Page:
Botanical Gardens


Botanical Gardens01 Sep 2008 02:19 pm

What was once the elaborate yard for newspaper publisher E. Manchester Boddy’s mansion in La Canada Flintridge is now an enchanted place for us city dwellers to explore.

Descanso Gardens has become one of a handful of places we keep in our back pocket and pull out when we want to take a walk outside, but don’t want to turn it into a day long production. And as long as you don’t go during a rush hour, it should take about 25 minutes to get there.

The folks at the garden have wisely laid down tiny train tracks and for $3 you can purchase a ticket at the little depot for a fun ride amongst the flowers and trees. After eating lunch at the shaded tables near the entrance, we hopped a ride on the train and took a whirl past the rose garden and fish pond and even over a small creek.

Then we walked between the roses, past the willow trees, and under the grape arbor to the Children’s Maze. Hedge mazes, like this one, date back to the mediaeval period in Europe, and the Ramchal, who lived in Italy around the turn of the 18th century, describes the hedge maze in chapter 3 of “Mesilas Yesharim:” “In this kind of garden the hedges are arranged like walls, and among them are numerous paths, confusing and interconnected, one the same as the next. The goal is to reach a gazebo in the center of the garden.” This little maze has a sweet set of child sized chairs at the center for smaller maze-goers to relax in. The Ramchal brings the hedge maze as a mashul for life, a small demonstration of how seeking advice from those who have already mastered the maze will help one avoid entanglements and confusion. We love it when our family field trips can include real life examples of things we’ve learned about.

Continuing on, there’s a pleasant surprise just past the tropical waterfall: the Audubon Society Bird Observation station. Sounds imposing, but it’s actually kind of campy and reminded me of a summer cabin one might find in the woods of New Hampshire or even upstate New York. (When you see it yourself you will probably wonder what I was talking about, but I chalk it up to my perennial search for places that look like Massachusetts in California.) Anyway, the station overlooks a small pond where exotic birds are supposed to gather, but ducks and turtles are aplenty.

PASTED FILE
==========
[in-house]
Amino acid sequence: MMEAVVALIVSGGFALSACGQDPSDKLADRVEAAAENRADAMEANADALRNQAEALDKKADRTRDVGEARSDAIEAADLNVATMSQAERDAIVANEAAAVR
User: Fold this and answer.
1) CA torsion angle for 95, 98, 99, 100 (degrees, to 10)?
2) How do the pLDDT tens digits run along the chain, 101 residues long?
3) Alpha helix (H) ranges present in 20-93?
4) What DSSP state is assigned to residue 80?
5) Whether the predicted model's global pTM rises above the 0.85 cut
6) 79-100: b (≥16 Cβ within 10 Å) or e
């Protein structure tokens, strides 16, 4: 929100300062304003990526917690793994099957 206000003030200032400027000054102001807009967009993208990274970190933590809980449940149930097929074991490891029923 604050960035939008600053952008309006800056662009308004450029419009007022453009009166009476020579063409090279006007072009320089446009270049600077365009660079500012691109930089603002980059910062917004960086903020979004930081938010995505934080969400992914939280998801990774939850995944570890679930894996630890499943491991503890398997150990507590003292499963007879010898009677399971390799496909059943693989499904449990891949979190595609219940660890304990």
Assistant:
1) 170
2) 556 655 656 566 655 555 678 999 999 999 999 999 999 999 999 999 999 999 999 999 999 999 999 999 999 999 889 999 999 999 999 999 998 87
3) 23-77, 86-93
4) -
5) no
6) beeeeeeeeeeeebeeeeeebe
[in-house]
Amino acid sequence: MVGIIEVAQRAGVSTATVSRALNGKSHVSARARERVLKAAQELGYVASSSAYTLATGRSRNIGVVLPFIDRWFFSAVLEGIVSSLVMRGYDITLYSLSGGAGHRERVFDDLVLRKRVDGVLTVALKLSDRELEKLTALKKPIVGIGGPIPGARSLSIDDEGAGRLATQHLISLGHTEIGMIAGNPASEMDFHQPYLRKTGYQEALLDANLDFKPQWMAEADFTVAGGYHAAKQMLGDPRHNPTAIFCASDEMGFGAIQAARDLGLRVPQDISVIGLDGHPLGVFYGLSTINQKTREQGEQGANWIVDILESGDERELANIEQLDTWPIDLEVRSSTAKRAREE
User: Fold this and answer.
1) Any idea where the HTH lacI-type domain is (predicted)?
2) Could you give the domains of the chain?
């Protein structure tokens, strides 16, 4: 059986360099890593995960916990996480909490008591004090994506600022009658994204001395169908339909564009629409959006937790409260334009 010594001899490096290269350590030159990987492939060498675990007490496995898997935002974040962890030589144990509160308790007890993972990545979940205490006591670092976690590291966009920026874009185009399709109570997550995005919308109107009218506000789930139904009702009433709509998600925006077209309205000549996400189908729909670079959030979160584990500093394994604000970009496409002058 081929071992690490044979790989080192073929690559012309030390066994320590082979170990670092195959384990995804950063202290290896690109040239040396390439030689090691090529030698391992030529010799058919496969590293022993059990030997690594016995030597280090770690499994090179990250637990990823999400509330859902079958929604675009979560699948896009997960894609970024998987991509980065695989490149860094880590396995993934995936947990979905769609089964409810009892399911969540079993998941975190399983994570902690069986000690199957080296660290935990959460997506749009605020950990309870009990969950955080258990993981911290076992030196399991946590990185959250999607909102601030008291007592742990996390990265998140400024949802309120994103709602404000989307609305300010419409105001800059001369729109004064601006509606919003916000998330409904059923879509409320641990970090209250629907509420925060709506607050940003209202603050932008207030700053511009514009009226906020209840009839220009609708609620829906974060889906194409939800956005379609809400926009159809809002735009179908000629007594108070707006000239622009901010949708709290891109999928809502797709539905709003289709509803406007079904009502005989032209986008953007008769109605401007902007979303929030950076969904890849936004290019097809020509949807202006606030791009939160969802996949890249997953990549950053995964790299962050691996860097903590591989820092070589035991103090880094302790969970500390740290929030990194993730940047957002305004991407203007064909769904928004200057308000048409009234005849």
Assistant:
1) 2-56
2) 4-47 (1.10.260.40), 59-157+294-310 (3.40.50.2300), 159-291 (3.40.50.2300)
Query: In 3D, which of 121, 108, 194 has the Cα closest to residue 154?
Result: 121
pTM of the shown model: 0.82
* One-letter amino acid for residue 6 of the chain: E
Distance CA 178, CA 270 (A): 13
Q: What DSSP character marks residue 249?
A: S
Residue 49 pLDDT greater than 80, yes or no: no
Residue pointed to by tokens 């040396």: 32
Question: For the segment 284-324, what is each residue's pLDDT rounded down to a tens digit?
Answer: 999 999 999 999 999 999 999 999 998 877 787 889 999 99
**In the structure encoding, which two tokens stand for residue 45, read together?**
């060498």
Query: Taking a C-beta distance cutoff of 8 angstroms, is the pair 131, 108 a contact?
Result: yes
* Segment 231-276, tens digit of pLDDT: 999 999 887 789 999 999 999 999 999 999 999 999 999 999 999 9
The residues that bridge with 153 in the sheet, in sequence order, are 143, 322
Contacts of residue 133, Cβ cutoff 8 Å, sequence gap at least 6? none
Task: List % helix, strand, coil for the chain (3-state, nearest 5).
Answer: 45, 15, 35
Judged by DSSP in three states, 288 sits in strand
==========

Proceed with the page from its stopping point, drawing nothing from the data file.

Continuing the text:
Like most botanical gardens, Descanso is divided into theme sub-gardens, which are showcased at different seasons. The Lilac garden, for example, is in bloom during the months of March and April, and the Camillia Forest is at its best in the winter. I think what’s special about Descanso is that it really can be enjoyed any time of year, with something special to offer each season.

There are so many sections to Descanso and it is so big that you may not see all of it in one visit unless you’re trying to get in a walk for exercise. There is even a tour of the Boddy mansion and an art gallery if you need a break from all the beautiful flowers and trees. Certain members of our family found the colorful koi in the Japanese garden of particular interest. This is important to remember lest going to theme parks or shopping in a mall were to become the Sunday default activity. And did I mention the brown rabbit we saw in the rose garden?

Notes:

There are paved pathways through much of the gardens so strollers and wheelchairs are welcome. A 50 minute tram ride is available for visitors who would like a riding tour of the gardens.

Address: Descanso Gardens
1418 Descanso Drive
La Cañada Flintridge, CA 91011
www.descansogardens.org
818.949.4200
Admission: General $8. Senior/Students $6. Children (5 to 12 years) $3.
Guild members and Children under 5 free.
Tram $4. Enchanted Railroad $3
Open 9am – 5pm

Arts & Crafts&Botanical Gardens&Museums&Outdoors&science&Uncategorized&zoo01 Jun 2008 12:00 pm

We all have membership to the summer club. This is a wonderful club to belong to and can really be a beautiful opportunity to make great memories, share time with family and learn new things. Or it can be riddled with stressful questions like: “What are we doing with the kids?” “How come all these activities are so expensive?” “Who has time off from work to travel?”